I believe Chester Nez was the last of the original class of 29. There were a few hundred overall, according to "Code Talker", which I am currently reading. http://smile.amazon.com/Code-Talker-Novel-Navajo-Marines/dp/0142405965/ref=smi_www_rcolv2_go_smi?_encoding=UTF8&*Version*=1&*entries*=0
The main character of "Code Talker" was in the second wave. He has a facebook page: https://www.facebook.com/kiiyazti
as they do at @matthowie's excellent MeFi place...
Thank You Mr. Nez for all you have done for all of us. We can't repay you but you'll be in our stories forever.
RIP Mr. Nez. Thank you for all you've done. You will remain a history that's worth to remember forever.
Had a Navajo roommate in college. Nice guy, but scary as hell when he talked in his sleep during nightmares.
From that experience, I often felt there was a small psychological angle to the code talkers. The Japanese would hear open communications that sounded like nothing they ever heard. Navajo can sound spooky (especially if conditioned like me and those opposing Japanese to associating it with bad memories). Add the terror of battle, and the pucker factor hits 11.
I've never quite understood why the Navajo went along with the code talker program.
The US government, the very organization which slaughtered, betrayed, and oppressed their people, came to them with the idea of turning their linguistic heritage into a weapon of war.
Somehow I can't see "patriotism" being the prime motivator, for obvious reasons.
I also can't see self interest or defense as being a convincing argument - neither Japan nor Germany had any real desire or capability to launch a trans-oceanic invasion of North America. (An insanely difficult undertaking which makes me shudder just considering it.)
And even if in some bizarro-world the Axis had been both willing and able to invade, why would the Navajo join the fight on the side of the one government in the entire equation which had committed genocide against their people?
Remember, it wasn't until the end of the war that anyone outside the highest ranks of the Wehrmacht knew that Germany was conducting their own extermination campaign. The worst that could be said about the Third Reich or the Japanese Empire was that they were aggresive, expansionist, militant imperialists - an argument that applied equally well to the US government. If you absolutely had to choose between them, why not choose the side that didn't have a history of betraying and murdering your people?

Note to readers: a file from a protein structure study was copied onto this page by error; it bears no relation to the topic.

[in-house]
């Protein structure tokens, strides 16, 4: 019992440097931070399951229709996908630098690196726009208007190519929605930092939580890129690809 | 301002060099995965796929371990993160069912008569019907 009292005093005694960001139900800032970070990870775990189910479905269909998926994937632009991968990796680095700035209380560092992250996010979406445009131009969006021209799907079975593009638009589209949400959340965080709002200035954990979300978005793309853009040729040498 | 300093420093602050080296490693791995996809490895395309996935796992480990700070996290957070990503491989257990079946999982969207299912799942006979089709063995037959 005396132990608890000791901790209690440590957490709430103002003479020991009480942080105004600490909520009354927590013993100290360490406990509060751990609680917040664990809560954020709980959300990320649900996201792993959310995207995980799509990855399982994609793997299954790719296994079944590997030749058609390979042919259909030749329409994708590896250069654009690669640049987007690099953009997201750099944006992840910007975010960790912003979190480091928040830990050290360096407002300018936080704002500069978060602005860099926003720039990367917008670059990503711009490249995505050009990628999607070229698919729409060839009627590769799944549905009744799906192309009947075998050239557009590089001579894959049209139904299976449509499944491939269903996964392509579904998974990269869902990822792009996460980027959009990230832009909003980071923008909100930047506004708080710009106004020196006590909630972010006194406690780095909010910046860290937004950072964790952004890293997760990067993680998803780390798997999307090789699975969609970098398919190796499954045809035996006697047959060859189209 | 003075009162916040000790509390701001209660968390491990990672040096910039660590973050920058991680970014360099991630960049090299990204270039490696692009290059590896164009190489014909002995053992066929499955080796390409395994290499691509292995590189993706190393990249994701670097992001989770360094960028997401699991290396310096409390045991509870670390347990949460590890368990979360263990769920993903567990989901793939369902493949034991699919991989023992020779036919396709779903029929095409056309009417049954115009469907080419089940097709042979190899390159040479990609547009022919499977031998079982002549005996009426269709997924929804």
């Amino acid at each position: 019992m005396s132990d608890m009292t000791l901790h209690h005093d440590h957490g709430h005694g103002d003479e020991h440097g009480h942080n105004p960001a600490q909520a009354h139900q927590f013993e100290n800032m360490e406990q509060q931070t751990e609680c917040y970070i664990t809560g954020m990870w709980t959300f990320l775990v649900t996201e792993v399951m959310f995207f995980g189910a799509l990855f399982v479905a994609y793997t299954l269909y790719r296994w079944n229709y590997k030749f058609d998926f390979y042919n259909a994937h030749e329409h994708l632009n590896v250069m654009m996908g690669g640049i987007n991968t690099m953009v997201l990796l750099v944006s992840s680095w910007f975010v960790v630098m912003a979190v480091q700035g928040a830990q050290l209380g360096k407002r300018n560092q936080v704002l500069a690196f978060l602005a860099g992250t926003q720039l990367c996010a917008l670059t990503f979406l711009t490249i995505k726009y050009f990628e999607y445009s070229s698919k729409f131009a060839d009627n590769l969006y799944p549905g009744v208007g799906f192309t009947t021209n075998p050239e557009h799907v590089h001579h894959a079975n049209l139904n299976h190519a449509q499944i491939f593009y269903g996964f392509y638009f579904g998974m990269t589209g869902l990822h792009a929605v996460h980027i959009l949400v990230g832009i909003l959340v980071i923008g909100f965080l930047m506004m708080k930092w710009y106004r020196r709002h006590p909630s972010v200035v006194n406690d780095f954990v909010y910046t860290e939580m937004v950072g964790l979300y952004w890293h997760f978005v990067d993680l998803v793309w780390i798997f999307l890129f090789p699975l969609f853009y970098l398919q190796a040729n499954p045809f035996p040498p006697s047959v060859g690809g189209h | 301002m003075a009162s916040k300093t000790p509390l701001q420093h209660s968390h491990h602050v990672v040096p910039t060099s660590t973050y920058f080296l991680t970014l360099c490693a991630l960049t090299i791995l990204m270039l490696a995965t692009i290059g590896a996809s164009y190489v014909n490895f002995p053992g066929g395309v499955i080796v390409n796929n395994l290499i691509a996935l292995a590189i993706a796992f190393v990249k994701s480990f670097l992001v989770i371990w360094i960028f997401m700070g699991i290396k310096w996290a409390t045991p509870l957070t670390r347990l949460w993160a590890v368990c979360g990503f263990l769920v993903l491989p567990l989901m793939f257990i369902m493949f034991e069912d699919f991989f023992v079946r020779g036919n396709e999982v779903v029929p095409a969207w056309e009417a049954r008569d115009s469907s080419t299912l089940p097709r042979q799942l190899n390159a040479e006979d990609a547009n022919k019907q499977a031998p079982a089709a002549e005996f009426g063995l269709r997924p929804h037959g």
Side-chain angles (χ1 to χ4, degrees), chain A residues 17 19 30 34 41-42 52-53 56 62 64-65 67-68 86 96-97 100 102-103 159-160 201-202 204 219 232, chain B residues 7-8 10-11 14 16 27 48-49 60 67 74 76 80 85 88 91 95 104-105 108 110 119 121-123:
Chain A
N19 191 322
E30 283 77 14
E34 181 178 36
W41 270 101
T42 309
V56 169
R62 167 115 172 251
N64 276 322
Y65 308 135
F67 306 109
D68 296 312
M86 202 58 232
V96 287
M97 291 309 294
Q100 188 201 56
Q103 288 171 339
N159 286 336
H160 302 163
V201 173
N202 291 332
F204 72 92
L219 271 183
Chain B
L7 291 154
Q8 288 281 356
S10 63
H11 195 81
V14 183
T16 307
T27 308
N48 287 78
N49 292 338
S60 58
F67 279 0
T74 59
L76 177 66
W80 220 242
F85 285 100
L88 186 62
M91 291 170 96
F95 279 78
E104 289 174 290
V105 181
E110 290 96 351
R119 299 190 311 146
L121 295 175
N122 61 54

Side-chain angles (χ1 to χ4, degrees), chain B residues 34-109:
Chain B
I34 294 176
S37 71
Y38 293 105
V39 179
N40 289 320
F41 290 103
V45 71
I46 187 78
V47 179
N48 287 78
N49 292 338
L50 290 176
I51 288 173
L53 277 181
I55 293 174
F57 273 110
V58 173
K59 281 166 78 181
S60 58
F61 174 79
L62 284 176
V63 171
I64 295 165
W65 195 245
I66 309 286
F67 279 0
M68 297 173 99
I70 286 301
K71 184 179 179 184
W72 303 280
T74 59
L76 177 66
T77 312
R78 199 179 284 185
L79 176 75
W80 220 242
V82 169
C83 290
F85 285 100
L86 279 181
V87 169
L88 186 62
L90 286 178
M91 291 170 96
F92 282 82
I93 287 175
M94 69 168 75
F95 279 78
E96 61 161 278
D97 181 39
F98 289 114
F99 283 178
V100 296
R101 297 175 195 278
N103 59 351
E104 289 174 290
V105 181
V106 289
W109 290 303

Or is it possible that they were merely coerced? "Hey, Navajos. You have something we want, and we have the means to take it from you. We can make your lives hell if you don't give it to us - it'd be a shame if conditions on the reservation got worse, you know what I mean? Or if it turned out you were disloyal like those Japanese are, we might have to send you to your own little internment camps. Why make this harder than it has to be, hmm? Why not just do a little favor for us, then come home as war heroes instead?"
no need to speculate - there are multiple books on this.
...would you mind naming some?
Because people have short memories and they were at least a generation or more removed from the times of the Indian Wars and considered themselves to be Americans (vs German or Japanese).
I'm sure there are many Jews driving BMWs and Mercedes today.
"last living" . . .
as opposed to last dead? Isn't "living" a bit redundant?
and as far as why were the Navajo's involved? Go to a PowWow sometime and observe how highly veterans are honored in the Native community and I think you might get a different perspective.
Hopefully no roomie talking in sleep trigger here, but for anyone wondering just how confusing as fuck Dine/Navajo is, then watch this.
there's a reason it's a bitch to learn (and sadly a lot of young Dine aren't learning it enough to be fluent)
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